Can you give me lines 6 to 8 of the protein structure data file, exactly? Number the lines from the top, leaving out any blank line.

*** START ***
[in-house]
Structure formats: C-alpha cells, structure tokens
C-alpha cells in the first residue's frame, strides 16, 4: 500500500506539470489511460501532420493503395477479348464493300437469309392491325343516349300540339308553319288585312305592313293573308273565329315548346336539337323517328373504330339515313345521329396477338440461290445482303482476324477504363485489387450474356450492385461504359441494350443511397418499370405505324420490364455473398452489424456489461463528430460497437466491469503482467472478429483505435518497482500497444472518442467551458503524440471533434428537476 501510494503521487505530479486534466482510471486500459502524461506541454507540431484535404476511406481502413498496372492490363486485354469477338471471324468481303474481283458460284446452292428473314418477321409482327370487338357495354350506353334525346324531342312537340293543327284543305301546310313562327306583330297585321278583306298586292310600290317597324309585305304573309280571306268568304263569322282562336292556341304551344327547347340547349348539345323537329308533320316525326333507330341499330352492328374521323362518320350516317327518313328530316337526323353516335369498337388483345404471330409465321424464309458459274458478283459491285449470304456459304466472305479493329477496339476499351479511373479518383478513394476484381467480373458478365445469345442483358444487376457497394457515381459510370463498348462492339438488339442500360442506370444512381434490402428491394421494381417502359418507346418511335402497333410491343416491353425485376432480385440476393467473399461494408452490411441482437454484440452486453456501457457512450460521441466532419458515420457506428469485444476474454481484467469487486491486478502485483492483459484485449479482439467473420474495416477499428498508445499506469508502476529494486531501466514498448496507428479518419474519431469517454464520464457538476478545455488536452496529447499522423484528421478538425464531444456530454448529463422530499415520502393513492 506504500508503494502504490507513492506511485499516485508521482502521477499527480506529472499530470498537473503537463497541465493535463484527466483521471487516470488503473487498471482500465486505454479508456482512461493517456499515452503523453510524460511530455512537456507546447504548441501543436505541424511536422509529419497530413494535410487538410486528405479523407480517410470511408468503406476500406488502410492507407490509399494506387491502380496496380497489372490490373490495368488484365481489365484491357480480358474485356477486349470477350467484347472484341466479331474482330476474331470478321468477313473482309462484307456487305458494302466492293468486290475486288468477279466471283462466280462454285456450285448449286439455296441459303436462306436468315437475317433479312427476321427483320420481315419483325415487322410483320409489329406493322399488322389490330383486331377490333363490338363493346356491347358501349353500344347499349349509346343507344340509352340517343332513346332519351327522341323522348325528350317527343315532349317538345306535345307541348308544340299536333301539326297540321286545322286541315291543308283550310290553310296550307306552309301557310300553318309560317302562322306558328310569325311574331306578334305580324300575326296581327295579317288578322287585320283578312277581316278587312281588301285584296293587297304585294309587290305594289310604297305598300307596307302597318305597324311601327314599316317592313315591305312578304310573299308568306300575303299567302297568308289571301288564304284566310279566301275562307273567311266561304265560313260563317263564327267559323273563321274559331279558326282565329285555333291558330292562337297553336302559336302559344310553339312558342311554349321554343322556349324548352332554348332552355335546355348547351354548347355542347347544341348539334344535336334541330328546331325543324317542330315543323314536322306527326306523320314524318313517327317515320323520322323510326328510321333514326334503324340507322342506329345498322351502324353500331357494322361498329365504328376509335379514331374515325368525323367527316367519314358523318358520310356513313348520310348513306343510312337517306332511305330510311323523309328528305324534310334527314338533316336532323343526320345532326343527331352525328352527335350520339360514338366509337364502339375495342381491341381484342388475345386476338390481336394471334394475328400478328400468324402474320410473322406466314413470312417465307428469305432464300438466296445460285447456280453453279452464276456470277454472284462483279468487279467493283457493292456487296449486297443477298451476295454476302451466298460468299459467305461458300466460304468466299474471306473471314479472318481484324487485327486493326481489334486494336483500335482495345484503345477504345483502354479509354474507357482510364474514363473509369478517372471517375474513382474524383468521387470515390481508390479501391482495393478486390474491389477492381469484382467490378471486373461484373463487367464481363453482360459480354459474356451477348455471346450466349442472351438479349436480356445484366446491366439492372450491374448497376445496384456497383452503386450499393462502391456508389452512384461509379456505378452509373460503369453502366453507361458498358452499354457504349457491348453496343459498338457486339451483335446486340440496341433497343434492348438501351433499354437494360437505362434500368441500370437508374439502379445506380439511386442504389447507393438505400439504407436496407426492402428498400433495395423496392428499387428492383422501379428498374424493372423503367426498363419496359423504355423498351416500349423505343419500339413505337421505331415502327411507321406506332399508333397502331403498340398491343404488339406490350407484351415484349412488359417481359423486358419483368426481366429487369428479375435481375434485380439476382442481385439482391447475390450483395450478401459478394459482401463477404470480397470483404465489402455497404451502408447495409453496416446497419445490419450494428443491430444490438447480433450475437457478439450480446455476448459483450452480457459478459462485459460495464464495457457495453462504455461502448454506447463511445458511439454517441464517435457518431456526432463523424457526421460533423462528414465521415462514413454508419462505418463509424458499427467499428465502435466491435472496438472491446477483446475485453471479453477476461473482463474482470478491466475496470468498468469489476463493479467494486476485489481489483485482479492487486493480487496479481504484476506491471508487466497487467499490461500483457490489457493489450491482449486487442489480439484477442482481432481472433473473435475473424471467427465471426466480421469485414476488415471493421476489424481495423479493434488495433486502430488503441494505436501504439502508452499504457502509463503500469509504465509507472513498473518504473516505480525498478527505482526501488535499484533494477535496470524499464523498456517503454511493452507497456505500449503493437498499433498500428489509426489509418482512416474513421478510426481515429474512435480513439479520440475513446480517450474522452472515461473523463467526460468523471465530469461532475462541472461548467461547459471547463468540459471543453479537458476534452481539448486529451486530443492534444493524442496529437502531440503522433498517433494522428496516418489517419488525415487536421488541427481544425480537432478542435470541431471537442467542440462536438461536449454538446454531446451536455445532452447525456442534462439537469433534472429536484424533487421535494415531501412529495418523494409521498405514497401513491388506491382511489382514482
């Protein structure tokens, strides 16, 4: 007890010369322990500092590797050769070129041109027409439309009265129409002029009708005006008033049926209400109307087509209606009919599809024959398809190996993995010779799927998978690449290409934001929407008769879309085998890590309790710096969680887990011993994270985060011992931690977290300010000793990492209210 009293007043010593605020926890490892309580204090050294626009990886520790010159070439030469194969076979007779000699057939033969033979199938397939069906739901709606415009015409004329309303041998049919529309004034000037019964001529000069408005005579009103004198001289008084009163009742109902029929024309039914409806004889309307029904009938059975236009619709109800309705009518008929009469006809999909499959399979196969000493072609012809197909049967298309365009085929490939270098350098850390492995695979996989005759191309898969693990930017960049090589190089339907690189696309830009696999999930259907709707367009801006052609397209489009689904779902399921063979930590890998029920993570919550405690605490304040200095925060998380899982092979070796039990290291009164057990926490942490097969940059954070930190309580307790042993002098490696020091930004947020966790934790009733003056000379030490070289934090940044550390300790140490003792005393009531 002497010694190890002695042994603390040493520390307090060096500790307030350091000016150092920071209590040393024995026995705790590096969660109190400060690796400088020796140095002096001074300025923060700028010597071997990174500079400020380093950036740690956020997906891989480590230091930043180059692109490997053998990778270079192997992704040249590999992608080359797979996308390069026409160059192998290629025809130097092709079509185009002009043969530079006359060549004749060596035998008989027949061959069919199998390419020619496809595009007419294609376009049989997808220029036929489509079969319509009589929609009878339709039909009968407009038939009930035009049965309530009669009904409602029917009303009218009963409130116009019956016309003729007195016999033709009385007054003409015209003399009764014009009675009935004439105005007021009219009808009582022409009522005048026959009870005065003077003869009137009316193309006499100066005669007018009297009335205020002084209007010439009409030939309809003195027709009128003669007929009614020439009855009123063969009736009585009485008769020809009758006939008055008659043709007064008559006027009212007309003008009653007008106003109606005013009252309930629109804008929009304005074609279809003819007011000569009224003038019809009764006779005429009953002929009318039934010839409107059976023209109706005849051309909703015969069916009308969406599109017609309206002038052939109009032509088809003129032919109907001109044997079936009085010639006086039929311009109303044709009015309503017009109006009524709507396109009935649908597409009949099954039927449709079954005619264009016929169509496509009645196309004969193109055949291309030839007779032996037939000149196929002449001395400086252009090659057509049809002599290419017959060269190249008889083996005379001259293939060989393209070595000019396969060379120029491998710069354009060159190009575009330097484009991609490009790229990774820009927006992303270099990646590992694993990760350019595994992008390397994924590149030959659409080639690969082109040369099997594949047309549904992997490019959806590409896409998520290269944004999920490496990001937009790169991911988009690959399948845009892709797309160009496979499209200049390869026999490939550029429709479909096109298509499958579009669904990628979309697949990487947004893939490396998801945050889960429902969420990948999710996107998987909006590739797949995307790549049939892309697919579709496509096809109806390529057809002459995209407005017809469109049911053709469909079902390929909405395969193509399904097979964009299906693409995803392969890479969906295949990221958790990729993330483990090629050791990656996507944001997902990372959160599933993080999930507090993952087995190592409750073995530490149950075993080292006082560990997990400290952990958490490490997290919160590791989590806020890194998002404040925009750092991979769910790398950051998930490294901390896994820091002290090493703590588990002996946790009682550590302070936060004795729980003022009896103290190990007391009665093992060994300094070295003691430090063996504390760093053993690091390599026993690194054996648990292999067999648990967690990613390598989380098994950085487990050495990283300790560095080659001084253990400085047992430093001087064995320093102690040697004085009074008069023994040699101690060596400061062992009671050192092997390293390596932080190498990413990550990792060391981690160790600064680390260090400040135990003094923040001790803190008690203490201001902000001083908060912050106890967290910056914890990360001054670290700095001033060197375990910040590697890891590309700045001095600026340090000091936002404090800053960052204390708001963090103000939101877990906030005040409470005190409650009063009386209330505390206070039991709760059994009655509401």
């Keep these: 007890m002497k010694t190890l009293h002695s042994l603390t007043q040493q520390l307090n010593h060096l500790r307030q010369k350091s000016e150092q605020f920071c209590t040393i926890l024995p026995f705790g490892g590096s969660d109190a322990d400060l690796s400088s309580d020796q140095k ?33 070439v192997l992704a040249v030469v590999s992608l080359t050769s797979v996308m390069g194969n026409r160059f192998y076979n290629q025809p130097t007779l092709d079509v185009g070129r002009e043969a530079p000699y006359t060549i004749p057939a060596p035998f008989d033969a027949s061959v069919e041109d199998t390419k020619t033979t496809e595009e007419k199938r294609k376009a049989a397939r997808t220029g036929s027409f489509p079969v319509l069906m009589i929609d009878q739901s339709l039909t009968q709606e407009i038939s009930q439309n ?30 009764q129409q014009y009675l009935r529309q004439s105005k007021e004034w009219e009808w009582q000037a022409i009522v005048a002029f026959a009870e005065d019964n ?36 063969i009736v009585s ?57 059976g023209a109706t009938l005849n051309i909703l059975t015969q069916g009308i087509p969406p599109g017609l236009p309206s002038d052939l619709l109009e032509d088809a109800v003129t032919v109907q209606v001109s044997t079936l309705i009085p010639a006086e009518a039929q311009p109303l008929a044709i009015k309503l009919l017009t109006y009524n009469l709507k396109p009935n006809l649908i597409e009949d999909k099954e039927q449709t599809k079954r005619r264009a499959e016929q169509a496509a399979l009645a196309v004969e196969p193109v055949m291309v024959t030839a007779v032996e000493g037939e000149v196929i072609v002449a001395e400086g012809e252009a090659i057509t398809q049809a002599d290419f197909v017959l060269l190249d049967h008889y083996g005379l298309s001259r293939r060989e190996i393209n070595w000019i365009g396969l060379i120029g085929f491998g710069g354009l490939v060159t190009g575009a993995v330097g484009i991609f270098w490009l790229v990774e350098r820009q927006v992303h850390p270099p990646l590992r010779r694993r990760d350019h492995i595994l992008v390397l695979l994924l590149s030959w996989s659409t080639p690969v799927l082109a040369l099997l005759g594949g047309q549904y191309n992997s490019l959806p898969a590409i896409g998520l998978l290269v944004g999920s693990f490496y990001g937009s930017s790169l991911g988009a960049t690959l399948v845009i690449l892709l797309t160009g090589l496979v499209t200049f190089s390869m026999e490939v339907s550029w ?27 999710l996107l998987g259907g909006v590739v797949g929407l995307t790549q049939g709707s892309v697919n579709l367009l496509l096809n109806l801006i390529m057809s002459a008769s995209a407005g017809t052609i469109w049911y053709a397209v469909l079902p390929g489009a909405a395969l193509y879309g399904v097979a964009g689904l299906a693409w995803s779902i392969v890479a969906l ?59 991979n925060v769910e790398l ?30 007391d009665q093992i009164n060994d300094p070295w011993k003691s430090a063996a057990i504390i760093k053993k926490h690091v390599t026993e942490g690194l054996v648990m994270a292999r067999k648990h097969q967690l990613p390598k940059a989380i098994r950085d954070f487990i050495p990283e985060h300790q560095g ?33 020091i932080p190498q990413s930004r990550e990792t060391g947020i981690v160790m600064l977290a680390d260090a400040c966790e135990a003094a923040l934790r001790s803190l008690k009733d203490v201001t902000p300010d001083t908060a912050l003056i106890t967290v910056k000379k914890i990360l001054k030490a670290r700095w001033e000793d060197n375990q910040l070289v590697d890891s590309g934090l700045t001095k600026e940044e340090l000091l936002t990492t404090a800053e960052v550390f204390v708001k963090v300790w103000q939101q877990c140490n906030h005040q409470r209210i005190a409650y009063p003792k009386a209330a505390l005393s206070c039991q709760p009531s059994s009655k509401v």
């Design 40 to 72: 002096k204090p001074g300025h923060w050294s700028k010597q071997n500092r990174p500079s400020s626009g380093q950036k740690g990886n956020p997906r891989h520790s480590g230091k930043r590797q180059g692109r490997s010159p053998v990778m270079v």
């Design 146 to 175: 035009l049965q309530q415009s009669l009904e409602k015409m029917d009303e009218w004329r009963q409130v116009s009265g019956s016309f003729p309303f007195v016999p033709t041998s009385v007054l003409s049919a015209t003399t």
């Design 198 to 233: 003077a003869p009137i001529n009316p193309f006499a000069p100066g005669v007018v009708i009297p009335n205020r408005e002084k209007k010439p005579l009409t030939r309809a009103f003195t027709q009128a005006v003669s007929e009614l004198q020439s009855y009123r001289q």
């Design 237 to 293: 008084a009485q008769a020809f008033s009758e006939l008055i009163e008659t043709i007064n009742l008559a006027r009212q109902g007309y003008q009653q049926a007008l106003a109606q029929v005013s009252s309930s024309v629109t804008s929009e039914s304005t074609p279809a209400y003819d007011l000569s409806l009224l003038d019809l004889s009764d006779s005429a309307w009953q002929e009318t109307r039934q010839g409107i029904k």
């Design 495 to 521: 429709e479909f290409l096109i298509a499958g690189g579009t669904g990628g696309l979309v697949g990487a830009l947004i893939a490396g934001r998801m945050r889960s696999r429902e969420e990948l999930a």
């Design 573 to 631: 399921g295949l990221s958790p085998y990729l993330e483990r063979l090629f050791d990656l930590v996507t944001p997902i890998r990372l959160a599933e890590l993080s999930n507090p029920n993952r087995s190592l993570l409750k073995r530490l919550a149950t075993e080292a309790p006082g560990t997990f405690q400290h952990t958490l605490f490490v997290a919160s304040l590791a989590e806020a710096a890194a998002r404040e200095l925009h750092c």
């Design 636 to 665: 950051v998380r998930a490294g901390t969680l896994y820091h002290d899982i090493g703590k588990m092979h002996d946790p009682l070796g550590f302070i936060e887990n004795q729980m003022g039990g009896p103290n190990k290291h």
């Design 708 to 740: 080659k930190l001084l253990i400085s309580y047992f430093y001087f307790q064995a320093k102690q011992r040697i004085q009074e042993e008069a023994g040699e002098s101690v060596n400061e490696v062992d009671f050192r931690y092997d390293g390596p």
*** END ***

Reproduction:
């Design 40 to 72: 002096k204090p001074g300025h923060w050294s700028k010597q071997n500092r990174p500079s400020s626009g380093q950036k740690g990886n956020p997906r891989h520790s480590g230091k930043r590797q180059g692109r490997s010159p053998v990778m270079v």
């Design 146 to 175: 035009l049965q309530q415009s009669l009904e409602k015409m029917d009303e009218w004329r009963q409130v116009s009265g019956s016309f003729p309303f007195v016999p033709t041998s009385v007054l003409s049919a015209t003399t």
């Design 198 to 233: 003077a003869p009137i001529n009316p193309f006499a000069p100066g005669v007018v009708i009297p009335n205020r408005e002084k209007k010439p005579l009409t030939r309809a009103f003195t027709q009128a005006v003669s007929e009614l004198q020439s009855y009123r001289q």